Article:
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Vertical Asymptotes

Vertical asymptotes are straight lines of the equation , toward which a function f(x) approaches infinitesimally closely, but never reaches the line, as f(x) increases without bound. For these values of x, the function is either unbounded or is undefined. For example, the function has a vertical asymptote at , because the function is undefined there. Vertical asymptotes occur when the limit of a function approaches ±∞, known as a singularity. A function can have any number of vertical asymptotes, such as the function , which has them every radians, where n is an integer. Vertical asymptotes can be determined using one-sided limits.


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Lesson on Vertical Asymptotes

Vertical Asymptotes
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Calculus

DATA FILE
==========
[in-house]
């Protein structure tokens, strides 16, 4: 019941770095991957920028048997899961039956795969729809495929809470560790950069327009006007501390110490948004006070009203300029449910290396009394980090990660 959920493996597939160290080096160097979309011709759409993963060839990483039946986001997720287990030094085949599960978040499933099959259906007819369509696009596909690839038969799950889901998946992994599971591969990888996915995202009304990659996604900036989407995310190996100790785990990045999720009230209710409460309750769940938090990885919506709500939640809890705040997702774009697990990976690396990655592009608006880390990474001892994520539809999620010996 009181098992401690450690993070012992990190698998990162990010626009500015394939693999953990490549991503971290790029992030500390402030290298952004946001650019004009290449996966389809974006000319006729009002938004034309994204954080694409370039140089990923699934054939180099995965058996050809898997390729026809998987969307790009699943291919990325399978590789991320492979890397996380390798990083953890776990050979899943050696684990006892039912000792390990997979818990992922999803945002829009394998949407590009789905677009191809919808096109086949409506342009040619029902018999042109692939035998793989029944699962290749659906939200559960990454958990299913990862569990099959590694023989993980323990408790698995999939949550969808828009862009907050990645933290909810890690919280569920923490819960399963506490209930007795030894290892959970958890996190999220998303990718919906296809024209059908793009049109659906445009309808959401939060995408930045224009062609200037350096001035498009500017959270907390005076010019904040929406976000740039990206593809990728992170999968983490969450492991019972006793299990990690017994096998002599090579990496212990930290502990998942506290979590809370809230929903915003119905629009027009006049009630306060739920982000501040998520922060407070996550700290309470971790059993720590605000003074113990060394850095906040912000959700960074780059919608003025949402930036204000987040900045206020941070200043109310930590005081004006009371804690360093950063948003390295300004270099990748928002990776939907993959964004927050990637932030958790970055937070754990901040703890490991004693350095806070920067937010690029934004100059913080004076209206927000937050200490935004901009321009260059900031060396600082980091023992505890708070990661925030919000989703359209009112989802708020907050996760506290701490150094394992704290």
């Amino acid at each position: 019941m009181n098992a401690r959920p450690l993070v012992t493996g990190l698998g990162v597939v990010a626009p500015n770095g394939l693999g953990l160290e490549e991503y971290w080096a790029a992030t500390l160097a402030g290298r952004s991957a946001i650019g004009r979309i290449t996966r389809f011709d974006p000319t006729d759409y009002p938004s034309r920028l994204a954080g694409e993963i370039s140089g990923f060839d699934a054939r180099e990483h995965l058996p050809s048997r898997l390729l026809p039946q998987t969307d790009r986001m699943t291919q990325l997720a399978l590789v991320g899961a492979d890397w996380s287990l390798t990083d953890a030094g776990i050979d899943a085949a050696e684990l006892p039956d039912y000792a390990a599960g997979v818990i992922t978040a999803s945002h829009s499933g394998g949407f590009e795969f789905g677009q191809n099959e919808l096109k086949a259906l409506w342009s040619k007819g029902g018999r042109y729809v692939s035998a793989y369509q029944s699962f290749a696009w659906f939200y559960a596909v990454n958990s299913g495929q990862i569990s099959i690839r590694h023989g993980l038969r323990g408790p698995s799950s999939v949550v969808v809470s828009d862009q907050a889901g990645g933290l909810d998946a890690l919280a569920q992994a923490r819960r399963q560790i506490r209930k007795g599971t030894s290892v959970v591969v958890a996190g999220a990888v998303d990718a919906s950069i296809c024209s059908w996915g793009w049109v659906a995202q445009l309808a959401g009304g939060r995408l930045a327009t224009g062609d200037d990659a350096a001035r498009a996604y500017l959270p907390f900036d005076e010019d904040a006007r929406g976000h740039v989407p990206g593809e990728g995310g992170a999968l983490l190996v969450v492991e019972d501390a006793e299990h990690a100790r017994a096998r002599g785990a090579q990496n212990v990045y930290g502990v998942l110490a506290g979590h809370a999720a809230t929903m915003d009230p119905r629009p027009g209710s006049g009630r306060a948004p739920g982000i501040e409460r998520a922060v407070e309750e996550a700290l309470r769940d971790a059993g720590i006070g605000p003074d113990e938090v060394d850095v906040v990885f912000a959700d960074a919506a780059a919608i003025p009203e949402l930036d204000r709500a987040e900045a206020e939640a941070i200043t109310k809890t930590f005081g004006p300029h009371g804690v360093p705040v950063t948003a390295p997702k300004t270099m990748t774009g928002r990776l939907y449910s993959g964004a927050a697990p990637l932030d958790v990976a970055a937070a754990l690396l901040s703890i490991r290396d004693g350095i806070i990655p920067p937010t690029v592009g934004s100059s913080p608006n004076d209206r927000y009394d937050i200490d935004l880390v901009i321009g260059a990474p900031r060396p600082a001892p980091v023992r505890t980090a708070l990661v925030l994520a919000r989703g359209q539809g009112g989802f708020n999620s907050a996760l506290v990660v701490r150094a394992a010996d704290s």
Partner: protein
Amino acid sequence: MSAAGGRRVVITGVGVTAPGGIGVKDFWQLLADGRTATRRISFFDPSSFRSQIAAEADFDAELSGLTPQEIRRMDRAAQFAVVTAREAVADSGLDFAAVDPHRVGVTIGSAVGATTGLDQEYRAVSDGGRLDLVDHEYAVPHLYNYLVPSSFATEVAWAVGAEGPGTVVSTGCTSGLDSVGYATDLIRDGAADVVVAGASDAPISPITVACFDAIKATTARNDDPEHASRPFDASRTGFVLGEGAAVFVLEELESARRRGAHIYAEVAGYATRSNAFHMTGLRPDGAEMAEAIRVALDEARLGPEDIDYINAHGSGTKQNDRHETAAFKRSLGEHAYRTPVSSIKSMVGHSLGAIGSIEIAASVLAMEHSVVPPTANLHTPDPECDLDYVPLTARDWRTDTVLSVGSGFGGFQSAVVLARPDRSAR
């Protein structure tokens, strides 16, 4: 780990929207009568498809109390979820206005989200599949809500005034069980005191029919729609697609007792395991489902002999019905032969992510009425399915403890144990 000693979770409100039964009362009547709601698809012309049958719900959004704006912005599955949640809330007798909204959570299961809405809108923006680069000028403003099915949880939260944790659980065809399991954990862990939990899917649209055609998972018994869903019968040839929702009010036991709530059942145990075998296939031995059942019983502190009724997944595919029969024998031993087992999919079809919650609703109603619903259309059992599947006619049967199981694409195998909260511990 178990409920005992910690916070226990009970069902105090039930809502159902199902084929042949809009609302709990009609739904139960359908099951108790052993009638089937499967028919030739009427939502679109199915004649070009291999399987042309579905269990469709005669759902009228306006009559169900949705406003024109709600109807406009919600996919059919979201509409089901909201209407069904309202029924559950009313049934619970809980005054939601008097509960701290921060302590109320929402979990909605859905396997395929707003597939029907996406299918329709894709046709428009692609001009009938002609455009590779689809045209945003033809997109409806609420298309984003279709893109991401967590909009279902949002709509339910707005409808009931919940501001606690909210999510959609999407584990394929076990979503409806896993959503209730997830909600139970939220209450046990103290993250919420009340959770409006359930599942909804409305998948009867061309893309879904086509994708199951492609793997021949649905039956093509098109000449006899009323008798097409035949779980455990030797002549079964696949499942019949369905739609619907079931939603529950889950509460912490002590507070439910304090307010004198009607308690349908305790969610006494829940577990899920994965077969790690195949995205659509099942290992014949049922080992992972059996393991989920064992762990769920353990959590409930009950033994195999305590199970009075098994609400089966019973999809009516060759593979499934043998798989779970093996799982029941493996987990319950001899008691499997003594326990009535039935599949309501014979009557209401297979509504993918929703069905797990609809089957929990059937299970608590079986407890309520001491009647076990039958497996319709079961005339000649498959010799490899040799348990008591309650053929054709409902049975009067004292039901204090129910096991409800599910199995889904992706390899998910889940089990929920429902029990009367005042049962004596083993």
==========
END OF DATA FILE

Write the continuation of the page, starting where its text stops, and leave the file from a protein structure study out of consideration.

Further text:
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hey guys this is mohammed p and to their own Chegg.com today i’m talking about vertical asymptotes okay so where to go asymptotes are basically the vertical ones that when the X approaches twit like a specific value then at that specific value the Y is going easier to positive infinity or to negative infinity and it usually happens when you are when you are dealing with the rational functions and when the denominator becomes 0 okay so let’s look at a problem here that I have a y equal one over x squared minus 1 okay in order to find the vertical asymptotes of the rational functions what we are going to do we are going to set the denominator equal to zero so I’m sitting x squared minus one equal to 0 and then I’m trying to solve for x so x squared is going to be one and then X is either negative 1 or X equal one okay so these two results are going to be my vertical asymptotes and what do they graphically mean they mean that at x equal 1 and negative 1 so this is X equal negative 1 I would always withdraw the vertical asymptotes with a dashed line and X equal one so at these two x-values the function is either going to positive infinity or negative infinity let’s try some values I have actually two sides to approach here and two sides to approach here so i’m going to try like x going to a one from the right side x going one from the left side x going to negative 1 from the right side and x going to negative one from the left side okay for this case if i plug in a number a little bit bigger than one let’s say one point zero zero 1 so 1 point 0 0 1 squared plus 1 I mean minus 1 okay so in this case if i evaluate the denominator i would get 0 positive 0 positive it’s like it is very small number and close to 0 which is positive also and 1 divided I by ready a small number and positive it’s going to be positive infinity so this means as I’m approaching to the X equal 1 from the right side the function is approaching to positive infinity like this now if i plug in a number a little bit is smaller than one let’s say 1 over point 9 9 9 squared minus 1 if i calculate this i would get 0 negative 0 negative means it’s a number very close to zero but negative like a little bit less than 0 so 1 divided by a very very small number and negative it gives me negative infinity so it means that the function is approaching 2 1 from the left side and going down to negative infinity so as you see i have a vertical asymptote at x equal one from one side is going to positive infinity and from the other side is going to negative infinity so when we are finding the vertical asymptotes we are going to find the x coordinates of the line of the vertical lines that the function either goes up or down very close to that line so you can do the same thing for negative 1 from the right and left and you would get some result either positive infinity or negative infinity but I want to actually mention something very very important that’s really hard to see some people they don’t really know that’s a que I want to show you for the time that you get a zero when you set the denominator equal to zero but that’s not a vertical asymptote okay so let’s look at the example y equal x minus one over x squared minus one so very similar to the previous one but i’m adding x minus one on the top let’s see what’s happening so if i factor out the denominator I would get X minus 1 times X plus 1 obviously so in this case i can simplify x minus one and i would end up with one over X plus 1 so this is the thing that you need to always do you have to simplify the fraction first before setting the denominator equal to 0 because some factors they cancel out if you simplify and those factors are not going to give you the vertical asymptote anymore for example if I say x squared minus 1 equals 0 x squared is equal 1 then X equal plus 1 and X equal minus 1 huh that’s not the case because X minus 1 cancel and if you graph this function you are going to see I’m sorry here I need to say X plus 1 is not a vertical asymptote because here yeah we cancelled x minus one so if we graph this function we are going to see that at x equal one we are going to have a whole so the function is not going to have a vertical asymptote at this point because it’s already cancelled and there is no vertical asymptote anymore so whatever is cancelled from top and bottom of the function it is going to turn to a hole so it’s turning basically to a whole rather like a vertical dashed line which is vertical asymptote and the other one X equal negative 1 is still going to be a vertical asymptote because here and in whatever is left if i plug in negative 1 i would get 1 over 0 so it’s either plus infinity or negative infinity depending on the side you can check that ok so I hope that you are enjoy and you learned these important things that is really hidden from the eyes and I hope that you learn more things from my future videos I try my best to actually go over more topics and i will say goodbye till next time thank you